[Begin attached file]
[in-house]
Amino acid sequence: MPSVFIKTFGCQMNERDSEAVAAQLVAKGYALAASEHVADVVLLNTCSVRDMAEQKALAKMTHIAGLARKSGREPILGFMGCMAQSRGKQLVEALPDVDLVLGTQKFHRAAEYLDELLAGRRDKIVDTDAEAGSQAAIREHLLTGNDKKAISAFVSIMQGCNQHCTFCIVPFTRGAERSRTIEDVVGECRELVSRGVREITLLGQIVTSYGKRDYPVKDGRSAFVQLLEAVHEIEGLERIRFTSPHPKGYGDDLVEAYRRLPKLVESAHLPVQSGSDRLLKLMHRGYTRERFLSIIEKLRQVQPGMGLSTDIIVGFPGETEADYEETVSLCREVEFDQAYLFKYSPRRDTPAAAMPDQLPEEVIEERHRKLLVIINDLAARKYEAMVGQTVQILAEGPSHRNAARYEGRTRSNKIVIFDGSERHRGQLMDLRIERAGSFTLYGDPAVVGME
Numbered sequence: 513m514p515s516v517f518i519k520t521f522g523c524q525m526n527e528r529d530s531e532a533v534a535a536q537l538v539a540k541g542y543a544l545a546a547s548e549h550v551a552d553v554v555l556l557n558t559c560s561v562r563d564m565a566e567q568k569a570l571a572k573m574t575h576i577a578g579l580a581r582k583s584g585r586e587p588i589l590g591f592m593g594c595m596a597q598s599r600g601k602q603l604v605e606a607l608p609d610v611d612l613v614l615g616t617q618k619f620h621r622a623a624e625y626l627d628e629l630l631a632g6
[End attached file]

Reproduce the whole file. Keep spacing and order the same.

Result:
[in-house]
Amino acid sequence: MPSVFIKTFGCQMNERDSEAVAAQLVAKGYALAASEHVADVVLLNTCSVRDMAEQKALAKMTHIAGLARKSGREPILGFMGCMAQSRGKQLVEALPDVDLVLGTQKFHRAAEYLDELLAGRRDKIVDTDAEAGSQAAIREHLLTGNDKKAISAFVSIMQGCNQHCTFCIVPFTRGAERSRTIEDVVGECRELVSRGVREITLLGQIVTSYGKRDYPVKDGRSAFVQLLEAVHEIEGLERIRFTSPHPKGYGDDLVEAYRRLPKLVESAHLPVQSGSDRLLKLMHRGYTRERFLSIIEKLRQVQPGMGLSTDIIVGFPGETEADYEETVSLCREVEFDQAYLFKYSPRRDTPAAAMPDQLPEEVIEERHRKLLVIINDLAARKYEAMVGQTVQILAEGPSHRNAARYEGRTRSNKIVIFDGSERHRGQLMDLRIERAGSFTLYGDPAVVGME
Numbered sequence: 513m514p515s516v517f518i519k520t521f522g523c524q525m526n527e528r529d530s531e532a533v534a535a536q537l538v539a540k541g542y543a544l545a546a547s548e549h550v551a552d553v554v555l556l557n558t559c560s561v562r563d564m565a566e567q568k569a570l571a572k573m574t575h576i577a578g579l580a581r582k583s584g585r586e587p588i589l590g591f592m593g594c595m596a597q598s599r600g601k602q603l604v605e606a607l608p609d610v611d612l613v614l615g616t617q618k619f620h621r622a623a624e625y626l627d628e629l630l631a632g6